Elijah made such a ridiculous and absurd statement in the first place, “If the LORD is God, follow Him,” to show how ridiculous and absurd Israel was. And thousands of years later, I can see us in their situation. God is God, but sometimes we treat Him as God with a little “g,” and we put other gods in our lives, following them. Shame on us.

Since the LORD is God, follow Him.

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Matthew 7:13-27 – Genuine Christianity

Passage: Matthew 7:13-27

This passage is intense. To do it justice, it would have to be presented in more than one entry, and I propose at least four:

  1. Matthew 7:13-14 – Genuine Path
  2. Matthew 7:15-20 – Genuine Fruit
  3. Matthew 7:21-23 – Genuine Discipleship
  4. Matthew 7:24-27 – Genuine Obedience

One cannot approach this passage lightly. Each section or pericope talks about the quality of the characteristic in question belonging to the proclaiming Christian individual, and also the consequence of that. Narrow or broad gate? Good or bad fruit? Doing the will of the Father or doing what you think is the will of the Father, but isn’t? Hearing Jesus’ words and acting on them throughout the rest of your life, or not?

Think carefully, but not without taking action, because there are serious consequences. Life or destruction? Bear good fruit or be cut down and thrown into the fire? Enter the kingdom of heaven or be sorely disappointed, and worse, rejected and denied entrance by its Master? Having your house stand or fall–and a great fall at that?

In future entries we’ll look at each of these sections more closely, but here is some food for thought:

  • When all is said and done, at the end of the day or at the end of your life, what will the Lord say? What has He seen? He sees not as man sees.
  • If there is “bad fruit” in your life (and I know there are not a few in mine), how do you explain that? Are you walking by the Spirit or the flesh (Galatians 3:3)? Are you a child of God, and therefore, a new creature in Christ (2 Corinthians 5:17)?
  • How do I know if I am actually doing the will of the Father, and not just “Christian things” that I think are in His will? Historically, we have proven to be quite the self-deceivers, so we are also at risk of unwittingly adopting a non-gospel in the works-based righteousness (which is no righteousness at all) attitudes like the false teachers and having a false assurance of salvation (Matthew 7:15).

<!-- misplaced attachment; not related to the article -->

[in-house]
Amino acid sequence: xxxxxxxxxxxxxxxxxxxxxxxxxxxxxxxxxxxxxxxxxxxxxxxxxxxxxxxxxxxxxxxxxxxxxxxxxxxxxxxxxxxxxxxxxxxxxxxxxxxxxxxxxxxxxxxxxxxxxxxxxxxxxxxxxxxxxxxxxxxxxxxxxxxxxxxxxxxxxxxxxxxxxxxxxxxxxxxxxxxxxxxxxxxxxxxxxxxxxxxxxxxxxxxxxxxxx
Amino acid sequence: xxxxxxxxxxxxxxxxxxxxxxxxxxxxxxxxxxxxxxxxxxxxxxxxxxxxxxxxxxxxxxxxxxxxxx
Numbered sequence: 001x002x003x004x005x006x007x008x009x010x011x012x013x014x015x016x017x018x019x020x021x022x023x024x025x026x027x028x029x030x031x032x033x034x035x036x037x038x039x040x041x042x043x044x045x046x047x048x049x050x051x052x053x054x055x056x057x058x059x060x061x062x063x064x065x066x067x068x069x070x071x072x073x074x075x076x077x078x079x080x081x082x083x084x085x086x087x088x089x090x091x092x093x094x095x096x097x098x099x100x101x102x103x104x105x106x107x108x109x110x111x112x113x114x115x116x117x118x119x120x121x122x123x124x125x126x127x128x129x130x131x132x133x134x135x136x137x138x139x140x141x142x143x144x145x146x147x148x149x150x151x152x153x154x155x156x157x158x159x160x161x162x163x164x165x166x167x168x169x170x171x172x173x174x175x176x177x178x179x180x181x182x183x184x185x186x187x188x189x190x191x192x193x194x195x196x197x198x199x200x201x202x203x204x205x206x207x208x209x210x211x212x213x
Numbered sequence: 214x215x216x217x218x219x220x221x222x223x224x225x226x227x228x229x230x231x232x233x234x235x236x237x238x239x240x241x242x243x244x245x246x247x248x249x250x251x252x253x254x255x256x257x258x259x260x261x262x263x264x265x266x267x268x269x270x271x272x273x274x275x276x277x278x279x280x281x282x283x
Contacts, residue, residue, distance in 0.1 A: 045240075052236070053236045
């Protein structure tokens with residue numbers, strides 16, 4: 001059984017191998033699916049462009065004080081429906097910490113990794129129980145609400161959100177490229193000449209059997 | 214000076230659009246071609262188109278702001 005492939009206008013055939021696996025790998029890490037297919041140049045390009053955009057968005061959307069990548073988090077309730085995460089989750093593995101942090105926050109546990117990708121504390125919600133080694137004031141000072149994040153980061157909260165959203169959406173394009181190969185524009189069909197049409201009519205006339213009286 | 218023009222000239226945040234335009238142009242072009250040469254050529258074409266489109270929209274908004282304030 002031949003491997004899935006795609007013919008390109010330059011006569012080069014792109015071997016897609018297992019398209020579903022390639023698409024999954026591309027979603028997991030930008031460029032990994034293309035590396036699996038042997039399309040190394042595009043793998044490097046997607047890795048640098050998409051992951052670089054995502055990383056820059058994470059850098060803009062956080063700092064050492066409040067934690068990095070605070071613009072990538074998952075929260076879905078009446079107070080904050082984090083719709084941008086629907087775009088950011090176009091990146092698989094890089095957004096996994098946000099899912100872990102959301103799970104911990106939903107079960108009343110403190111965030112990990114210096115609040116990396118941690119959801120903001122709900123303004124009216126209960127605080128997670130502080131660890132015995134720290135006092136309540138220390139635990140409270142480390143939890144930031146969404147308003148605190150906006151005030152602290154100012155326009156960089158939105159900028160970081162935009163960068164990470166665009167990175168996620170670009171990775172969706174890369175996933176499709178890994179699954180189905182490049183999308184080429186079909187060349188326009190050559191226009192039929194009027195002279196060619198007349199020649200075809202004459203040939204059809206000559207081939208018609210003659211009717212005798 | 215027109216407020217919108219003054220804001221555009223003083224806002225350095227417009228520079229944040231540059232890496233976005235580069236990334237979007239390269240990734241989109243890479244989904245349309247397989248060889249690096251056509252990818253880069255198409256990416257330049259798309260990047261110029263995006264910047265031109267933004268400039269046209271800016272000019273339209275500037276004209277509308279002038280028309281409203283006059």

• Do you really want to see your life and everything you’ve built up come crashing down at the end–for eternity, with no looking back and no reparations?

If you’re not sure about your eternal destiny, or if the pattern of your life doesn’t match the pattern of a regenerate person that Christ outlines in this passage, then I have one word for you: Repentance. With humility approach the throne of grace and be in awe that the merciful Lord Jesus Christ would bestow it upon you, a wretched sinner.

This call to repentance is for myself as much as it is for the reader, which is the whole point of this site: Awe and Reverence. Again, to reiterate its purpose, it is not for me to speak from “up here” to you “down there,” but to speak to myself that I actually am “down there” and that I need to stay “down there,” and the only way “up” is through the Lord Jesus Christ.

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Preface and Welcome

This is the first post, entry, or article on this site. Actualy, it is really the second; the first is the About page, so please check that out (also, to avoid repeating myself). There, I briefly discuss the heart behind this website, why I wanted to start it, and what I hope to accomplish through it.

Comments are turned off because I don’t see the need for it; I am all open to any feedback provided through the Contact page. It could also be a passage request, an encouraging testimony, or prayer request, whatever–if you send it, I will read it and try my best to respond.

To God be all the glory!